10,000 Hour Myth

There is a widely-known rule that 10,000 hours of practice is what you need to do to achieve mastery in a specific field. It's catchy and easy to remember. But does it work this way?

There are at least two problems with that rule:

  • Not all practice is equally helpful. The rule focuses on the quantity of time practicing and not the quality. I've met people with many hours of training during my career, yet not very experienced, and vice versa.

  • Not everyone starts from the same place. Aside from genetics and age, people begin with distinct backgrounds and experiences. Depending on your starting conditions, it may be easier or harder to achieve mastery of a specific skill.

As I imagine it, we should somehow develop these neural connections in our brain. The mastery level highly depends on our unconscious understanding of how to apply a skill. That understanding develops with so-called deliberate practice. In other words, we should change our neural network so that it is more suitable to solve particular problems. And the current structure of our neural network defines the shortest possible time required to do that transformation.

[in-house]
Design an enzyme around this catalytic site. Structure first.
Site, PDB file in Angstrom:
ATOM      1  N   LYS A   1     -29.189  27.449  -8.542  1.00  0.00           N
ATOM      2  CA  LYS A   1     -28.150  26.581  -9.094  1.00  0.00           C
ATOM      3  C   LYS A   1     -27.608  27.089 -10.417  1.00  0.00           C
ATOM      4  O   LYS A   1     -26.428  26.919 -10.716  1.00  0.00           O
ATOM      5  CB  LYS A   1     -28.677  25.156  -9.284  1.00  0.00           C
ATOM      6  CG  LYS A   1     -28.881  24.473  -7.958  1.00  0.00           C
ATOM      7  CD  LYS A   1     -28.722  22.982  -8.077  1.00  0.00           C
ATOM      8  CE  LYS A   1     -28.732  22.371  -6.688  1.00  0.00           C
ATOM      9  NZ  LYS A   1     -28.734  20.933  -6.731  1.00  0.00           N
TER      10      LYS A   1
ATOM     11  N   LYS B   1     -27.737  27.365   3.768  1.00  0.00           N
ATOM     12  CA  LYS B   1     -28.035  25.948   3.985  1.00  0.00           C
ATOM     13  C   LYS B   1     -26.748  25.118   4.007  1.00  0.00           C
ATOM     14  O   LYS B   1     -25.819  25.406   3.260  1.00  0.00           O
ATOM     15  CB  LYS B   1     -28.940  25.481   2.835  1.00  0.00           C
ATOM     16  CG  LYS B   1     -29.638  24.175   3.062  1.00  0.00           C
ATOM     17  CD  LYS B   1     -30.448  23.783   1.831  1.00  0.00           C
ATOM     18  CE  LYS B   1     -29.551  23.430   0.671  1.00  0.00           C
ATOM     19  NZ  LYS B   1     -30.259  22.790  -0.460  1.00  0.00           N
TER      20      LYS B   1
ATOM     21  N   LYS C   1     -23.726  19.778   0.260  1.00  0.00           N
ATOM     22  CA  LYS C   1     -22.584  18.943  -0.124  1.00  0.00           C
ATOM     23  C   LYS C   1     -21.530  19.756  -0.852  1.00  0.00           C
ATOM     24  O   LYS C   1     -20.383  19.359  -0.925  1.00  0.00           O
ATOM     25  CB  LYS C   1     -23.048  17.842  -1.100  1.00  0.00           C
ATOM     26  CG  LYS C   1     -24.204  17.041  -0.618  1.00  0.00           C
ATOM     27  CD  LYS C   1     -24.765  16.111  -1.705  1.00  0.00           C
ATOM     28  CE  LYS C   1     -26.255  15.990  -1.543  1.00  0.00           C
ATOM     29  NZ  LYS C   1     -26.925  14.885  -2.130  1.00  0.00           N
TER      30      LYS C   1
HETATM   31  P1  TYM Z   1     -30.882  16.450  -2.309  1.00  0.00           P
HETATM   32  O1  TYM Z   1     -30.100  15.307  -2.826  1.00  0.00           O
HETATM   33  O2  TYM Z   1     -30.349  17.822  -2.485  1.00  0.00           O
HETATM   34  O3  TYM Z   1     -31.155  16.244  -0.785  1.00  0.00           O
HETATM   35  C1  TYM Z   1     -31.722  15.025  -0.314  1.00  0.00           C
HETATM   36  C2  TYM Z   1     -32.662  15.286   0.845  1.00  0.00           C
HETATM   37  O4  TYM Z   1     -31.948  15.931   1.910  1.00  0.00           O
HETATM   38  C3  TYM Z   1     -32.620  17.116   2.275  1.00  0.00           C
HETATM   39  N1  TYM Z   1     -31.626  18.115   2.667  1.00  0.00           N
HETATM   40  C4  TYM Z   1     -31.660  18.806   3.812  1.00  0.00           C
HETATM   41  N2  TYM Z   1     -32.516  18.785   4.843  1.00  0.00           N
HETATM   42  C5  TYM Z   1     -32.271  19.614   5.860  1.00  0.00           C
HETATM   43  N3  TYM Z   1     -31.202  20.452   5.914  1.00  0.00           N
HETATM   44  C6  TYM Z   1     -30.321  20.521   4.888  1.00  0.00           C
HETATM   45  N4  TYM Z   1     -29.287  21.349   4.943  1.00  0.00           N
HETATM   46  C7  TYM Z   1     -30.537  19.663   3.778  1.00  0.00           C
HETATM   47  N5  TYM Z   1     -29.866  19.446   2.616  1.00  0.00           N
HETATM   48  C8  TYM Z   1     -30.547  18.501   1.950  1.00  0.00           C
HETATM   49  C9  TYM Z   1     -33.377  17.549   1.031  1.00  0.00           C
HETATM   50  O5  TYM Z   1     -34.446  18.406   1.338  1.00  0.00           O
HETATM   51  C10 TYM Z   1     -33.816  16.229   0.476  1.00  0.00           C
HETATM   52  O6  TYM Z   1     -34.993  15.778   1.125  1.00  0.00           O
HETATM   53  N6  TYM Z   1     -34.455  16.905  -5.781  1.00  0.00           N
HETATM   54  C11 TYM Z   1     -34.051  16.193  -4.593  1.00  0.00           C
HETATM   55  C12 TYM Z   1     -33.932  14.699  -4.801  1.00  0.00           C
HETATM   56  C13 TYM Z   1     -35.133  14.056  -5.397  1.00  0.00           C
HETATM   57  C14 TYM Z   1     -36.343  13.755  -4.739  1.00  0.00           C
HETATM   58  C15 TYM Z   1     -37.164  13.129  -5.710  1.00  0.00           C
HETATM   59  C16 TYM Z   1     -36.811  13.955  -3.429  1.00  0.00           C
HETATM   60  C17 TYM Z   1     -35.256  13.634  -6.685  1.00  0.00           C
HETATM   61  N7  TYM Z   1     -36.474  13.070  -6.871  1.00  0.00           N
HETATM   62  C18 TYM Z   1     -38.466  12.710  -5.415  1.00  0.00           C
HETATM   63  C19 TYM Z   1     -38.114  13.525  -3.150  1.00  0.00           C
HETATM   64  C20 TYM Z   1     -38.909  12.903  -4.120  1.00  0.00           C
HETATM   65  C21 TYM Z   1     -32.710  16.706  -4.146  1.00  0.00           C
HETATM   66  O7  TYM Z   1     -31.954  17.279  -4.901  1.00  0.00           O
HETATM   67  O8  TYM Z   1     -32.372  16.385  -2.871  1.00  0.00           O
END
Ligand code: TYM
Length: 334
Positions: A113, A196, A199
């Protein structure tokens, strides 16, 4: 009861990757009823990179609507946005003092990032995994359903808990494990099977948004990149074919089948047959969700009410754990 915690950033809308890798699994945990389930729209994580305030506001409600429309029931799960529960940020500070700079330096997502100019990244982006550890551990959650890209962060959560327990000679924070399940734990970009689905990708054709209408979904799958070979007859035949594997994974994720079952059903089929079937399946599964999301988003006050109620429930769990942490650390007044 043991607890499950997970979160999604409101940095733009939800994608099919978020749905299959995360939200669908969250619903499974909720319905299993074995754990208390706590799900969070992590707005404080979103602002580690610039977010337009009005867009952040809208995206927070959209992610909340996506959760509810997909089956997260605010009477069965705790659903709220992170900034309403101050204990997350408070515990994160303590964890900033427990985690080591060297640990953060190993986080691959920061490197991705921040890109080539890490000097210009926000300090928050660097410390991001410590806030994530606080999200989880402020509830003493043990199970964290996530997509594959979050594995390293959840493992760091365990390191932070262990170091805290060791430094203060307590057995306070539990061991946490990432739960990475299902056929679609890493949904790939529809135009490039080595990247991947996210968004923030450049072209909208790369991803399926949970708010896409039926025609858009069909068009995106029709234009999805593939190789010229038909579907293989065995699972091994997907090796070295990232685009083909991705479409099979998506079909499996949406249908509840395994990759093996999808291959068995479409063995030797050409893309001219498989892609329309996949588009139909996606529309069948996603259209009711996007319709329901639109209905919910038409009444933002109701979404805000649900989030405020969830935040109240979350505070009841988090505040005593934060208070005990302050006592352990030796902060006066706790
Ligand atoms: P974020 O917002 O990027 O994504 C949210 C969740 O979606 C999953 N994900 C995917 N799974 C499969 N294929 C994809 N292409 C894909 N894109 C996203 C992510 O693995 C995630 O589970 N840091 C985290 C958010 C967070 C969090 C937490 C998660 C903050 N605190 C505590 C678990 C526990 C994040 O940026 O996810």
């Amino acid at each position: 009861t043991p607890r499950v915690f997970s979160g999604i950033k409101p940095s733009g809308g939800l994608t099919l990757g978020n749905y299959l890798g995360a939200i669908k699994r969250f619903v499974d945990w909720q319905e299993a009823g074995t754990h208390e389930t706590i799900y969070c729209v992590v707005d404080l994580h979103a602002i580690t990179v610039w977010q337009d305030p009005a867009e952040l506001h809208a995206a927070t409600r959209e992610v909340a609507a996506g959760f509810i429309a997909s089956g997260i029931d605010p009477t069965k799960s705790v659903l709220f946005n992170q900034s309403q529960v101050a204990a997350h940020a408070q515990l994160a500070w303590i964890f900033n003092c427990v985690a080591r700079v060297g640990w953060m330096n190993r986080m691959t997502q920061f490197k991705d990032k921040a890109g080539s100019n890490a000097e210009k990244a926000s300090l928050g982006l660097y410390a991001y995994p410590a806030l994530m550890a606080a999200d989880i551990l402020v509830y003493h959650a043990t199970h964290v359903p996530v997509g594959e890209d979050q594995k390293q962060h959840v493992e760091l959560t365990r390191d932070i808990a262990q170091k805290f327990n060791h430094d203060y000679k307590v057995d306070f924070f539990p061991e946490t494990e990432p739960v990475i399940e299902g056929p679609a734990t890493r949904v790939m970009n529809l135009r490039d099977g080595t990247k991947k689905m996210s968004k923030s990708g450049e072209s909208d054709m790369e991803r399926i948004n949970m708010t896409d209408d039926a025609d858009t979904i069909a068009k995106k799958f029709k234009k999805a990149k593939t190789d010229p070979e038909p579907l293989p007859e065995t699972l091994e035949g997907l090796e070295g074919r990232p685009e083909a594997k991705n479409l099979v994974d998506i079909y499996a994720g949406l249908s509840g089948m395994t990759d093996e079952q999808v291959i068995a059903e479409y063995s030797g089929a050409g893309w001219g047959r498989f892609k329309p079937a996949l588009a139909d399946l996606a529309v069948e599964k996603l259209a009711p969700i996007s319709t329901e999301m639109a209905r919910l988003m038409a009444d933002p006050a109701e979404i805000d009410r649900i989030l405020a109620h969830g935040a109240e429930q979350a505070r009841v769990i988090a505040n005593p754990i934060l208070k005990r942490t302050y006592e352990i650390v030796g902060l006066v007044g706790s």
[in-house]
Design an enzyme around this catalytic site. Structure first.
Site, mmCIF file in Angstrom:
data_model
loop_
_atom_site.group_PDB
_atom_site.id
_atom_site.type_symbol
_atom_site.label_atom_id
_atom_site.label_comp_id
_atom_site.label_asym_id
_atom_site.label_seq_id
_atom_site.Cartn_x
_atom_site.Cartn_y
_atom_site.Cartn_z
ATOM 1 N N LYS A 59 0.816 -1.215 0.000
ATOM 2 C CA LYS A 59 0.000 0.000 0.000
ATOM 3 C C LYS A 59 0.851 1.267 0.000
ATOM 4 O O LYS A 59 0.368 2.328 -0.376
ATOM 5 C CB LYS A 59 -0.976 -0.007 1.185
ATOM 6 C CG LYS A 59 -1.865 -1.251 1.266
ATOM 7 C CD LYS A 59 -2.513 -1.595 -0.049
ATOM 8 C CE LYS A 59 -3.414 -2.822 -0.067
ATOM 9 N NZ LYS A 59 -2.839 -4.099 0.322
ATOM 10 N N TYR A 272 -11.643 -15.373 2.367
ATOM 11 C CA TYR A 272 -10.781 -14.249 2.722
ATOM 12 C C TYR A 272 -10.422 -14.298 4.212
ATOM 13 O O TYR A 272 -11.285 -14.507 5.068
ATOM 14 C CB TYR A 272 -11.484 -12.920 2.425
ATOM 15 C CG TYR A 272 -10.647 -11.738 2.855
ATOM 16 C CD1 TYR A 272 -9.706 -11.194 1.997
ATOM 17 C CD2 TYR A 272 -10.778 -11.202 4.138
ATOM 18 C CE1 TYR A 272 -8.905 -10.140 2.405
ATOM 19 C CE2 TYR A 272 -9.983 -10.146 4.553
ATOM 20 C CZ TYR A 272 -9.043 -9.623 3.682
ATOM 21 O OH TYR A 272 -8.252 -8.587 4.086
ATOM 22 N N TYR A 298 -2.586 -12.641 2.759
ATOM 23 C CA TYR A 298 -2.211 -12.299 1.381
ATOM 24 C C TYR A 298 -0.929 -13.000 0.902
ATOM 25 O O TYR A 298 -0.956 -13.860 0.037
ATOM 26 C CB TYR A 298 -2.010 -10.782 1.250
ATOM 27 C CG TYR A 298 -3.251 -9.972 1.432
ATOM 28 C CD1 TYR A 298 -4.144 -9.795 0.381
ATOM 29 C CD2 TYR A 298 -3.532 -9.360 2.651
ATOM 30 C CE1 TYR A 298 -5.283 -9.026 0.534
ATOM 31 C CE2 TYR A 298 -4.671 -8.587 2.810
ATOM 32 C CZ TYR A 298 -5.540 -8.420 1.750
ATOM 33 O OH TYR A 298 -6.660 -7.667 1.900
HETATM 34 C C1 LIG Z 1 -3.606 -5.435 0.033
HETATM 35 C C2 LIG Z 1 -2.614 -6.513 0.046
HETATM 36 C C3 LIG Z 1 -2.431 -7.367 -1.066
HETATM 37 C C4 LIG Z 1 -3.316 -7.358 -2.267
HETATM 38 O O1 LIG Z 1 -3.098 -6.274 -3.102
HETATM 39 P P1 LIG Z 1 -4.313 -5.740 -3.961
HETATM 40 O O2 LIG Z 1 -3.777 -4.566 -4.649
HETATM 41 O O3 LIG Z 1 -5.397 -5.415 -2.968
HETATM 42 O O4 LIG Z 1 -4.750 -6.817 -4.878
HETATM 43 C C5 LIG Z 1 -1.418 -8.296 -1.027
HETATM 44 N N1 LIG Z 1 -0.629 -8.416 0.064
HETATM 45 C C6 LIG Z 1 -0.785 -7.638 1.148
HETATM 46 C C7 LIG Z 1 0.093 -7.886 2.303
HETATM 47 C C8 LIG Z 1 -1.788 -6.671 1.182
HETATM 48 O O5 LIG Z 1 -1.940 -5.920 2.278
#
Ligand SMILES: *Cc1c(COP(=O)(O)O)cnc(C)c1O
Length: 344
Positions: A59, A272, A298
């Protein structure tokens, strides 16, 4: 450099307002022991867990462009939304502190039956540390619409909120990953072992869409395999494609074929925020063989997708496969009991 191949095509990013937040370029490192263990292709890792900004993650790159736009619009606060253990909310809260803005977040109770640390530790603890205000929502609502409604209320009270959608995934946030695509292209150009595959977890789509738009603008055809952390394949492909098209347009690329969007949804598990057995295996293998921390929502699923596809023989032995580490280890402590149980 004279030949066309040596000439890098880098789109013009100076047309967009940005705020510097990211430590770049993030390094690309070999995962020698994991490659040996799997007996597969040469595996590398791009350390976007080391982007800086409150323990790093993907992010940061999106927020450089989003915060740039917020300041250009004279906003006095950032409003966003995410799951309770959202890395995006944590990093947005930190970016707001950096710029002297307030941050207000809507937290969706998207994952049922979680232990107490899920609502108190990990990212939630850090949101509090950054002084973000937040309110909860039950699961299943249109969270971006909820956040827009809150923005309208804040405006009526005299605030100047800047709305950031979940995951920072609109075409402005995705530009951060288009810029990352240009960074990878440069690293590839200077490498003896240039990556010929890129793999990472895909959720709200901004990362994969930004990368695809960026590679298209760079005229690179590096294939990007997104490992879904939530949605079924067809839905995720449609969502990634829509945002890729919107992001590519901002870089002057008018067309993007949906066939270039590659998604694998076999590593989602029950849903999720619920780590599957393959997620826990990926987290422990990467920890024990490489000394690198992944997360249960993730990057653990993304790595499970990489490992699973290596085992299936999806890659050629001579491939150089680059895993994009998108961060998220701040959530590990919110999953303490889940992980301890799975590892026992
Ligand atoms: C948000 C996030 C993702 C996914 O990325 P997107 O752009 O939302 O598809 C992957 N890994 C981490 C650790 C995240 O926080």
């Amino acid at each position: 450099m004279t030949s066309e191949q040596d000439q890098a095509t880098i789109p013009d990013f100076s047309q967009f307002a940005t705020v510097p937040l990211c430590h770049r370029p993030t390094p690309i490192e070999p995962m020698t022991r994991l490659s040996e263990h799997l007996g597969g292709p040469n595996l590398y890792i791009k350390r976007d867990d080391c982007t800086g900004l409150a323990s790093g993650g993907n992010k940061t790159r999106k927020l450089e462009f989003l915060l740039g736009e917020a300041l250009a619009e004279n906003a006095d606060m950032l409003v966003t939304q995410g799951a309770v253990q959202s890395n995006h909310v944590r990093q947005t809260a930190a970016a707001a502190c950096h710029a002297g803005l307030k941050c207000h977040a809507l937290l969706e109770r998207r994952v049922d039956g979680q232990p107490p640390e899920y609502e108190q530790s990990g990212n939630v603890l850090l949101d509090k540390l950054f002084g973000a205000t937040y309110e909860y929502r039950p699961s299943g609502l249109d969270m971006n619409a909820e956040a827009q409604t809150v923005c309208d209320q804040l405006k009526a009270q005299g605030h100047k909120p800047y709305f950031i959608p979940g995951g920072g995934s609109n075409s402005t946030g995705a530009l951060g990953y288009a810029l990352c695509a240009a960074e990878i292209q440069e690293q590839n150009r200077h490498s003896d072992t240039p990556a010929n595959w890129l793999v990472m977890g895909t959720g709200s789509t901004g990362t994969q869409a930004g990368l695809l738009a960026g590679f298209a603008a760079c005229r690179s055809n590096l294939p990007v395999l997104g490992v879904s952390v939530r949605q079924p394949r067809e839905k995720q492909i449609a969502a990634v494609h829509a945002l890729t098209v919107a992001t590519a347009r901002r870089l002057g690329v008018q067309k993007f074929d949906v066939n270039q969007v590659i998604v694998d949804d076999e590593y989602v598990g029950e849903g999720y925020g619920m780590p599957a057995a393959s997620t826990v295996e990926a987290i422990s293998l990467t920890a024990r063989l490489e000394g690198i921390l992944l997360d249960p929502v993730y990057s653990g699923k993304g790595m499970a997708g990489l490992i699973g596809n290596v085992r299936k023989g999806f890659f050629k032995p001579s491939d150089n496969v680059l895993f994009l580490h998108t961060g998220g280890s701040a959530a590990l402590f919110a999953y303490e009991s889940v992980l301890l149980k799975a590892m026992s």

Here is what I think should help to speed up learning a new skill:

  • Focus on the quality of practice, not the quantity.
  • Find connections and associations of new knowledge with your existing background and experience.